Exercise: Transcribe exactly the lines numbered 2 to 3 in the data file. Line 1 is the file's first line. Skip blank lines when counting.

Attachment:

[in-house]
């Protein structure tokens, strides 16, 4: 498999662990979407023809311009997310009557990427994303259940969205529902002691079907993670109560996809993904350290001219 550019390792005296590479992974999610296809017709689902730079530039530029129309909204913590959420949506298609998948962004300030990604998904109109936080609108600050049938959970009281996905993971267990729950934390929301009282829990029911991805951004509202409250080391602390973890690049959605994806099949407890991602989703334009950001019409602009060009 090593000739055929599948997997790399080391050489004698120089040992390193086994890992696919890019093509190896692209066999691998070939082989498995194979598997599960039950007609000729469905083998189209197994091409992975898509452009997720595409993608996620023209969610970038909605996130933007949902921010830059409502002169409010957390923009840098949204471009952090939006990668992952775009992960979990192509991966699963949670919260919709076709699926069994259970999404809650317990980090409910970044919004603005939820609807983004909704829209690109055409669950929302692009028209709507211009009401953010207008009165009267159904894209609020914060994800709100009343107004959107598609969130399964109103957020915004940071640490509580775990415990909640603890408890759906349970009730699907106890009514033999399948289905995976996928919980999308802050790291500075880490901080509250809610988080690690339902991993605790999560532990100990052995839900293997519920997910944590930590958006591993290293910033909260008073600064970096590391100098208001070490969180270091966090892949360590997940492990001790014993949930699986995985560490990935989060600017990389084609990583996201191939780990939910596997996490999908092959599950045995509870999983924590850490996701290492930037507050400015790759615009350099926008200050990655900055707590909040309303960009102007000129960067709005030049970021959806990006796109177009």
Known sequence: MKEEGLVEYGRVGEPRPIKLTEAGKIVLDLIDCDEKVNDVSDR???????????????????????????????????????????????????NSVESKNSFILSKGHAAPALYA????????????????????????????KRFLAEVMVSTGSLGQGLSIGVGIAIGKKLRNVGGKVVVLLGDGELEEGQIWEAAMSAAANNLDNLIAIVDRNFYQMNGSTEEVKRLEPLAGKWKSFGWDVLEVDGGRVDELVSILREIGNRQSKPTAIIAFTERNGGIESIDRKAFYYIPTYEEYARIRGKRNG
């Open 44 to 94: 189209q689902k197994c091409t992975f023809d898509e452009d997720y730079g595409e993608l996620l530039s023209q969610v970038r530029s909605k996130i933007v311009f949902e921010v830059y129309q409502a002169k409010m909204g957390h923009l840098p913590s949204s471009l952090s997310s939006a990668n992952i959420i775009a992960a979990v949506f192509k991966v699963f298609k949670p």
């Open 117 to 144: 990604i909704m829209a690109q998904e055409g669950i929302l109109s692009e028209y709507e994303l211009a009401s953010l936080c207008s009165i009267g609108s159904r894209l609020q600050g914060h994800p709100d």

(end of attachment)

């Protein structure tokens, strides 16, 4: 498999662990979407023809311009997310009557990427994303259940969205529902002691079907993670109560996809993904350290001219 550019390792005296590479992974999610296809017709689902730079530039530029129309909204913590959420949506298609998948962004300030990604998904109109936080609108600050049938959970009281996905993971267990729950934390929301009282829990029911991805951004509202409250080391602390973890690049959605994806099949407890991602989703334009950001019409602009060009 090593000739055929599948997997790399080391050489004698120089040992390193086994890992696919890019093509190896692209066999691998070939082989498995194979598997599960039950007609000729469905083998189209197994091409992975898509452009997720595409993608996620023209969610970038909605996130933007949902921010830059409502002169409010957390923009840098949204471009952090939006990668992952775009992960979990192509991966699963949670919260919709076709699926069994259970999404809650317990980090409910970044919004603005939820609807983004909704829209690109055409669950929302692009028209709507211009009401953010207008009165009267159904894209609020914060994800709100009343107004959107598609969130399964109103957020915004940071640490509580775990415990909640603890408890759906349970009730699907106890009514033999399948289905995976996928919980999308802050790291500075880490901080509250809610988080690690339902991993605790999560532990100990052995839900293997519920997910944590930590958006591993290293910033909260008073600064970096590391100098208001070490969180270091966090892949360590997940492990001790014993949930699986995985560490990935989060600017990389084609990583996201191939780990939910596997996490999908092959599950045995509870999983924590850490996701290492930037507050400015790759615009350099926008200050990655900055707590909040309303960009102007000129960067709005030049970021959806990006796109177009």
Known sequence: MKEEGLVEYGRVGEPRPIKLTEAGKIVLDLIDCDEKVNDVSDR???????????????????????????????????????????????????NSVESKNSFILSKGHAAPALYA????????????????????????????KRFLAEVMVSTGSLGQGLSIGVGIAIGKKLRNVGGKVVVLLGDGELEEGQIWEAAMSAAANNLDNLIAIVDRNFYQMNGSTEEVKRLEPLAGKWKSFGWDVLEVDGGRVDELVSILREIGNRQSKPTAIIAFTERNGGIESIDRKAFYYIPTYEEYARIRGKRNG